Card image supplied by Noel Jackling
Two Englishmen born in London met up in Albury for the first time in 1938.
Each was an exceptional leader in his own sphere, yet poles apart in backgrounds and life experience.
Alfred Waugh, 67, was a butcher crippled by arthritis yet enjoying his 19th term as Mayor of Albury.
Lord Wakehurst, 43, Governor of NSW, was an Old Etonian aristocrat and former British MP.
Waugh hosted Wakehurst in March 1938 for a carnival and celebrations marking the 150th anniversary of NSW.
A vice-regal Christmas card sent by a Wakehurst to Waugh, probably in 1938, is a reminder of their friendship.
It is part of the Waugh collection of memorabilia at the Albury Library Museum.
Lord Wakehurst, grandson of a duke, was a descendant of King Charles II.
His mother was a personal friend of Queen Victoria, who had permitted his baptism (as John Loder) in the Chapel Royal at St James's Palace in 1895.
Wakehurst went to Eton College and would have gone to Cambridge University but for war breaking out in 1914.
As an army intelligence officer in Gallipoli and Egypt, his knowledge of French and German served him well.
His mother apparently believed he was the reincarnation of the Egyptian pharaoh Totmes and he was well up in Egyptology.
In the 1920s he served in the Foreign Office and League of Nations, and became a Conservative MP in London in 1924. He met the mother of the dictator Joseph Stalin while visiting the Soviet Union to research a book on Bolshevism.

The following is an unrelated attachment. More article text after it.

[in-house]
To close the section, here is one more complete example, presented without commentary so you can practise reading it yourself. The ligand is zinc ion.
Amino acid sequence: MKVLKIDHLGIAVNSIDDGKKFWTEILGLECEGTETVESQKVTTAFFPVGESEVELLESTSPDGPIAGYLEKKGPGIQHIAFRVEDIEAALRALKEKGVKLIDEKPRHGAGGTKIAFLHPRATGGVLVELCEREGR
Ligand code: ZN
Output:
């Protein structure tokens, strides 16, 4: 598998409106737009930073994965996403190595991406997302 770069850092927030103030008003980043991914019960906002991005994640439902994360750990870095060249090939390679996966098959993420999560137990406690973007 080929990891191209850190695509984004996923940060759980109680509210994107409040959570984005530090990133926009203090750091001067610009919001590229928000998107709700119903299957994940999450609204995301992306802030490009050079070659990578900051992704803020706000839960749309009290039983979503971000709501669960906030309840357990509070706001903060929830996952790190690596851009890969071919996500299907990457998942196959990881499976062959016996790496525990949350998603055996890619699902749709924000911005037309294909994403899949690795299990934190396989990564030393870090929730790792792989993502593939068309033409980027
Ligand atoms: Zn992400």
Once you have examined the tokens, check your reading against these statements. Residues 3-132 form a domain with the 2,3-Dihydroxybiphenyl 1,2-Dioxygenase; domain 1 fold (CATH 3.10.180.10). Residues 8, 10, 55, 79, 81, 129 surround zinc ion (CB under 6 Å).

In 1936 he succeeded his father as Lord Wakehurst and was appointed NSW governor. He led the State for nine years.
Alfred Waugh was born in Southwark, London, on January 27, 1870, the second child of Jemima Waugh and her husband, John, a foreman tailor originally from Glasgow.
In 1881, Alfred, his parents and four siblings migrated to Melbourne. Alfred trained as a French polisher but switched to butchering, arriving in Albury from Corowa about 1895.
By 1907, Waugh was Mayor of Albury for the first of 19 terms and was again mayor in 1927 when he welcomed the future King George VI and his wife to Albury station.
He also met Queen Wilhelmina of The Netherlands in Scotland in 1935, some months after the famous Uiver rescue. He had met most of the eight NSW governors since 1907, plus a few Governors-General.
History society meetings are held on the second Wednesday of the month (except January) at the Commercial Club Albury at 7.30pm.
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